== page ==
But the rebellious gods have their own secret weapon. No, not their newly acquired thunderbolts which they stole from Zeus. Why, King Minos, the evil scientist from the first movie who failed to kill Hercules then ... and wants to overthrow magic and the gods and rule undisputed over all creation with science. Chaos too. Science and chaos. He has a fling with Dedalos who is a goddess/demi-goddess/something of chaos/ darkness. Nevermind. Flora, Hera, Aphrodite, and Poseidon resurrect Minos (with a rotosc—oh, I give up) to stop Hercules, but he has other plans. And, you know, I genuinely like the return of Minos in part because it’s something they did right. Coincidentally enough, the Superman series illustrates my point. Superman: The Movie and Superman II had Lex Luthor, a man with no powers, lots of money, and dreams of dominating the globe. Superman III replaced Lex Luthor with some guy with no powers, lots of money, and dreams of dominating the globe. The only thing lamer than bringing the previous villain back unnecessarily is bringing him back under a different name.

I mean, seriously, do you really think Greeks in space is going to properly introduce and develop a new villain not only go toe to toe with Hercules, son of Zeus, but also top the previous villain and escalate the conflict to higher stakes as sequels demand? Hell no.

Besides, there’s something loveable and charming about William Berger’s performance. He fearlessly tackles the role of Minos and doesn’t hold back. Cheese and ham be damned. Laughing maniacally like the best of supervillains, delivering his lines with power-crazed intensity, and somehow selling his interactions with the subpar special effects weapons he’s supposed to be wielding, but he never winks at the audience. He plays Minos straight. Over the top ... way over the top ... orbiting Neptune over the top, but straight none-the-less.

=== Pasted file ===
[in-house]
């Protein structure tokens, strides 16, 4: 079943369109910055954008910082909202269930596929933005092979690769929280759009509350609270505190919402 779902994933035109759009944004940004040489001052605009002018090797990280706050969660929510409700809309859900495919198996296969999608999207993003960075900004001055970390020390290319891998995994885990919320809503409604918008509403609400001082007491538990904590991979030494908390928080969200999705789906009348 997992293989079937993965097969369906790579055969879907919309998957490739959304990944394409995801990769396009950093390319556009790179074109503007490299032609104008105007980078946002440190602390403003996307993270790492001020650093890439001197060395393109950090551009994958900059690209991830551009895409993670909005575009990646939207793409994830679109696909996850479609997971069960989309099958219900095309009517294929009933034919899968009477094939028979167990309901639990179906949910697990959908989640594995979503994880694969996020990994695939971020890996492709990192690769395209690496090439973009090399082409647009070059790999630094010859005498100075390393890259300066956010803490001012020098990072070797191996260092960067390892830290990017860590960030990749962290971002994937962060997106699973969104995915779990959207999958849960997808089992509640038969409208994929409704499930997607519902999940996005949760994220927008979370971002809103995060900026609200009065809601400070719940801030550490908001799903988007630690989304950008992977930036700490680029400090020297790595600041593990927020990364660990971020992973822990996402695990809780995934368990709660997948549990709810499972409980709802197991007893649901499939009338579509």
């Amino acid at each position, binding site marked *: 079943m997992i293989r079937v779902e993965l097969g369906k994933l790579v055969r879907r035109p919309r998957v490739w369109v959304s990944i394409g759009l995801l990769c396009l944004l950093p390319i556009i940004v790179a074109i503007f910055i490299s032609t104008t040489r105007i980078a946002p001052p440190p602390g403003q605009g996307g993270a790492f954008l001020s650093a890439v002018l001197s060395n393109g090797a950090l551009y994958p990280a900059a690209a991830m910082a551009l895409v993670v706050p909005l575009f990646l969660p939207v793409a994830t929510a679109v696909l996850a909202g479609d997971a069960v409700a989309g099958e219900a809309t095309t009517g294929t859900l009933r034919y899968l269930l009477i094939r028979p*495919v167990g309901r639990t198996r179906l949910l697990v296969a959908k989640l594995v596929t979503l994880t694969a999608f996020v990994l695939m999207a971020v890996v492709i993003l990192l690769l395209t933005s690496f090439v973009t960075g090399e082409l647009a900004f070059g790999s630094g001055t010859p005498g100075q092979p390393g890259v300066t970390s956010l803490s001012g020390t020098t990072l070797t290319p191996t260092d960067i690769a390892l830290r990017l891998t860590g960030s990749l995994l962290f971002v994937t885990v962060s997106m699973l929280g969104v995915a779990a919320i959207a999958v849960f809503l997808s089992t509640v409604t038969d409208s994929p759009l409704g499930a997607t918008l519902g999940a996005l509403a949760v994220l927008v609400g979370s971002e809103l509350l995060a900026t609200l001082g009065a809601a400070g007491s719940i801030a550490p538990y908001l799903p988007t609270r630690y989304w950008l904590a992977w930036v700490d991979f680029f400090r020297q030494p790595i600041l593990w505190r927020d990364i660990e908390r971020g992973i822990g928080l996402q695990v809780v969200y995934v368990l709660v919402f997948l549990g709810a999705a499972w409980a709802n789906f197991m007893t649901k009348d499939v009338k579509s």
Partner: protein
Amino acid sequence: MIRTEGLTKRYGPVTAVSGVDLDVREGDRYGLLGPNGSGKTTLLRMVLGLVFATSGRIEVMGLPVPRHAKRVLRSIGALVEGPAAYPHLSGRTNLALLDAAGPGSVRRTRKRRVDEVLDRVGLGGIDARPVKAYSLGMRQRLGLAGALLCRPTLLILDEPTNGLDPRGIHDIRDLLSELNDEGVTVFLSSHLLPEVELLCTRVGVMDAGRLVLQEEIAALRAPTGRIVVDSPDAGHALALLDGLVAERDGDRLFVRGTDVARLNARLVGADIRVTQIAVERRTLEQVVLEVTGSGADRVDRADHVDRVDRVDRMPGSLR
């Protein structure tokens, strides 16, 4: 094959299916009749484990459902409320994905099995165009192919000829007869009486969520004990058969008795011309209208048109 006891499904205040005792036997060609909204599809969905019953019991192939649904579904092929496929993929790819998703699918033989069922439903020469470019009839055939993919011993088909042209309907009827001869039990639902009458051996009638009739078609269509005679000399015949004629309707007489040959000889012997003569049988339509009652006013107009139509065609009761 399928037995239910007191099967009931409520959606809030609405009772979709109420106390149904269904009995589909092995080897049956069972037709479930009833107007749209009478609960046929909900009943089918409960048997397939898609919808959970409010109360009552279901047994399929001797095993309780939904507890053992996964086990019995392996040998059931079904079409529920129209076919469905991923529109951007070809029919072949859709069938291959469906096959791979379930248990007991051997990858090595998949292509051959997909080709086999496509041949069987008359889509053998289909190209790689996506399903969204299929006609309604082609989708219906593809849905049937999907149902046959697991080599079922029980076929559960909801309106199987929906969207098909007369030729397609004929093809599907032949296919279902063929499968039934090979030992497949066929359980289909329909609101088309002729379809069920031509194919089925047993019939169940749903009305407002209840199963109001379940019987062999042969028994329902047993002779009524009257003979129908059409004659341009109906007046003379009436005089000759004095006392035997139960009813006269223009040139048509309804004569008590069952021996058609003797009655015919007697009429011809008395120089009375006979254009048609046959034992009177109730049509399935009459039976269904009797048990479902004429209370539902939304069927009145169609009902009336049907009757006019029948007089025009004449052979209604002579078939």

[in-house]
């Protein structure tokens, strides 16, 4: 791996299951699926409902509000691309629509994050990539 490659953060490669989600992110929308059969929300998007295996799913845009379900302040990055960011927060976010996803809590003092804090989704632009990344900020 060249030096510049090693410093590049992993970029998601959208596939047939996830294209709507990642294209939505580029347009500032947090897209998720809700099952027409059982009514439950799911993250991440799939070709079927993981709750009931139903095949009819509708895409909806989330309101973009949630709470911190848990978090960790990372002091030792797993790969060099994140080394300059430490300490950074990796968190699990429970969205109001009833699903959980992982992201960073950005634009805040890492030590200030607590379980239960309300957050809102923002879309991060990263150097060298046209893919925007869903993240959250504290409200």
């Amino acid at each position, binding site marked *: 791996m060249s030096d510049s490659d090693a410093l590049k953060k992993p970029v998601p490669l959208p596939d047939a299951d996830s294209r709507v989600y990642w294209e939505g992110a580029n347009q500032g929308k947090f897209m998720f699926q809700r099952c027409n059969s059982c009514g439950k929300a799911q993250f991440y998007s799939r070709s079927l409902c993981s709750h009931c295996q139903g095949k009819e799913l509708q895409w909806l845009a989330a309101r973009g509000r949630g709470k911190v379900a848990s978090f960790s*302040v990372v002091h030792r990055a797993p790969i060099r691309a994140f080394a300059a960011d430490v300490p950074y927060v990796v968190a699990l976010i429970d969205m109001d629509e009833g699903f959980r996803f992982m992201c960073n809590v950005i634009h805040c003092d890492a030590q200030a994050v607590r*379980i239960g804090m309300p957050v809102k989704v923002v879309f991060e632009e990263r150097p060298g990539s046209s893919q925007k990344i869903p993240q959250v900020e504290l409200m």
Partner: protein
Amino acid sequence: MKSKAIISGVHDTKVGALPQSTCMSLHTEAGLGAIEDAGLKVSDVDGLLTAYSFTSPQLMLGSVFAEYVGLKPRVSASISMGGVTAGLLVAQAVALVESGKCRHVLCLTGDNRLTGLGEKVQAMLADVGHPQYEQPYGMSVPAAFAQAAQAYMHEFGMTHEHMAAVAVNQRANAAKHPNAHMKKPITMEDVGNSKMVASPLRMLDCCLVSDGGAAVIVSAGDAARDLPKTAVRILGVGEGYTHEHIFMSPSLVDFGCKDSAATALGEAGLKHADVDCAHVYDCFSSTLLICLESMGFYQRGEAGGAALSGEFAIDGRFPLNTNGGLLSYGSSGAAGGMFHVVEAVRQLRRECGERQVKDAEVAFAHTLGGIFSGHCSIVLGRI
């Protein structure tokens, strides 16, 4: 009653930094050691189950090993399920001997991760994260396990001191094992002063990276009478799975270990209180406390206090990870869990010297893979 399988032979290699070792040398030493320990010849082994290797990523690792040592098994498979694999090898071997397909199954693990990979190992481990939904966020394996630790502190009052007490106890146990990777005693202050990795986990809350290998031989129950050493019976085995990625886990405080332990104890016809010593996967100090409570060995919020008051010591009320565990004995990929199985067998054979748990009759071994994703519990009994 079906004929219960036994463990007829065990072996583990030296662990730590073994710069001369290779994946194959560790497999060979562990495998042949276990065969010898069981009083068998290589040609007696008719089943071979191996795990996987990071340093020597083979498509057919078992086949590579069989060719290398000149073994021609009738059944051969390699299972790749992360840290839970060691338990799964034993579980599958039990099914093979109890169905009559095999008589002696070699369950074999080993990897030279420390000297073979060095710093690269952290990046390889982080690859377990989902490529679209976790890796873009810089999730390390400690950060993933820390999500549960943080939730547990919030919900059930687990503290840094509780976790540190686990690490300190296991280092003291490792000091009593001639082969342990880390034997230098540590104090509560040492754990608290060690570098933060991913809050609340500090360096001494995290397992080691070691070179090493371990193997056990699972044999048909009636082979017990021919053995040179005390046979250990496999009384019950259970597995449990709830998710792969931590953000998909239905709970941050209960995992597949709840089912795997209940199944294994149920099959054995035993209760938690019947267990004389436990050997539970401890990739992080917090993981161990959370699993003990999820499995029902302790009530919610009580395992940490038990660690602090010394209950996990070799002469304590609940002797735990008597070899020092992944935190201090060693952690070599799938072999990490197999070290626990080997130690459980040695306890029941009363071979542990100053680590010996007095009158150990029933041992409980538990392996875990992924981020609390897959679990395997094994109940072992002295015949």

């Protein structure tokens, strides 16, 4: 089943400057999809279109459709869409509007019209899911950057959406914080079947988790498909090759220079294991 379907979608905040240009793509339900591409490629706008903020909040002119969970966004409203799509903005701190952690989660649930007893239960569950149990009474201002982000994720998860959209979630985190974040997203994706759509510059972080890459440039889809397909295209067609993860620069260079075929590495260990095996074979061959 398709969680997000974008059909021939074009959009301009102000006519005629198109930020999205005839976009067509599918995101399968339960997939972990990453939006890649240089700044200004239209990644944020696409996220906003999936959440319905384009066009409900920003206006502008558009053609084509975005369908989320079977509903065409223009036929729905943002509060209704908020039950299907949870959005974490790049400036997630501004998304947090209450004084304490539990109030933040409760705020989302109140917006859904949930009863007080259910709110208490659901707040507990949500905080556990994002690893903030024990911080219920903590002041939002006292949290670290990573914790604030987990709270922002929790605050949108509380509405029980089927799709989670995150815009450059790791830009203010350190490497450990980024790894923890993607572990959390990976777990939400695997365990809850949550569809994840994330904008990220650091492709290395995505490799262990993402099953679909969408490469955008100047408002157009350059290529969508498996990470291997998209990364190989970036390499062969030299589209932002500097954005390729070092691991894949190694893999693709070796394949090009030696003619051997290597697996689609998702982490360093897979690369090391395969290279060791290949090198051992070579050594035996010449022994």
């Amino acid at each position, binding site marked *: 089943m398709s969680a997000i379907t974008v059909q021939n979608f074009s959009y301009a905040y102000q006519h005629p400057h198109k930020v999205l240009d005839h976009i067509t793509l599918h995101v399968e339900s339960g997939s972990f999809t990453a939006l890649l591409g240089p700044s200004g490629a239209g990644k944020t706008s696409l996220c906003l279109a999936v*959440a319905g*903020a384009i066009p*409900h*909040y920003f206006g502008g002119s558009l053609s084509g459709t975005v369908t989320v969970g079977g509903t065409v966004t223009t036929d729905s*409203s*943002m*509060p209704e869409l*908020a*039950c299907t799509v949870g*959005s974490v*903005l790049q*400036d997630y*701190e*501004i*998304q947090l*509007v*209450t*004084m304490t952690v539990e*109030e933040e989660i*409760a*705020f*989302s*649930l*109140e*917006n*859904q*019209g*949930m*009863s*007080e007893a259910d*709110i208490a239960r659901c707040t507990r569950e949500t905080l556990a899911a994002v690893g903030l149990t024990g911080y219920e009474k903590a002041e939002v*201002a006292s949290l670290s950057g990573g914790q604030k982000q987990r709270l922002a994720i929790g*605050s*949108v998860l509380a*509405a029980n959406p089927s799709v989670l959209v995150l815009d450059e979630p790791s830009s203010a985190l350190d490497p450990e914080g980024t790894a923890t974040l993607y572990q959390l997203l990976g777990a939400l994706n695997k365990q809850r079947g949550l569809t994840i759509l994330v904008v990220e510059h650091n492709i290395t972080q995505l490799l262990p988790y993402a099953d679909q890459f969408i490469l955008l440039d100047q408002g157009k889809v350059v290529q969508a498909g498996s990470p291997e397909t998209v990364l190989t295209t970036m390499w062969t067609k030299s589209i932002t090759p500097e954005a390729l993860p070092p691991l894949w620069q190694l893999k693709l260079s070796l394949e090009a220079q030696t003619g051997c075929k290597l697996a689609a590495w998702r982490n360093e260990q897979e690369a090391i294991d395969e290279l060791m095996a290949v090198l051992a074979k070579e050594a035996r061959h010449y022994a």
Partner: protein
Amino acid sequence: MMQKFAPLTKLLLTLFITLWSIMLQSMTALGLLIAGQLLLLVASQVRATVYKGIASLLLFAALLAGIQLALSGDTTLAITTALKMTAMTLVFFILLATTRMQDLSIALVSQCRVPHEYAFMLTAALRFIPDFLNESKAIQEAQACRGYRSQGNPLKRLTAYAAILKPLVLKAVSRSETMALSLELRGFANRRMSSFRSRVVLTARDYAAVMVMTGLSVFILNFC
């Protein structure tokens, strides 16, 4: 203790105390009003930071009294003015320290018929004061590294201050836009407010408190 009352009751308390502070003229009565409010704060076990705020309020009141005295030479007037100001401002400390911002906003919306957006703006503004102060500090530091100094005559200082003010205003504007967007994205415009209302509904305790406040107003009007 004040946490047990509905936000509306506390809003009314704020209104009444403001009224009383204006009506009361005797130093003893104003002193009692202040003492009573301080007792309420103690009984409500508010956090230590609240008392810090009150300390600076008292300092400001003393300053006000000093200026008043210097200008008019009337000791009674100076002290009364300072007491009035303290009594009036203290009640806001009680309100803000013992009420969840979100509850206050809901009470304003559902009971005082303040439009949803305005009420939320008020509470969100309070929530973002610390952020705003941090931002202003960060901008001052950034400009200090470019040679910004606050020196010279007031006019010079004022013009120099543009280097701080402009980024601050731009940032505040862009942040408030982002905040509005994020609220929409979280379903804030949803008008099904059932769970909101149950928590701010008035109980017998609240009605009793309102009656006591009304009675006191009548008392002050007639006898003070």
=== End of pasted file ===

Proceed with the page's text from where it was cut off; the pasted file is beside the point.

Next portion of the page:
Watching the rest of the cast, I get the feeling they don’t know what they should be doing. Their body language resonates with an indecisive emptiness. Move here. Stand there. Pick up the item. Point. Gesture. Talk. Now sit down and shut up. There’s no underlying subtext to guide the subtlety to their posture, movements, or actions while waiting to deliver their lines or fight the next wave of monsters. And let’s be clear: I’m not expecting these people to deliver a layered, nuanced, and mesmerizing soliloquy. I just want them to have more of an ongoing presence than a ventriloquist’s dummy. Minos, despite the silliness of the entire movie around him, comes across as a fully formed character with thoughts that exist between the speaking and action segments. Granted this fully formed character is an exaggerated megalomaniacal psychopath who belongs in a comic book, but I told you from the get go this movie aspires to be Superman so it actually feels at home here.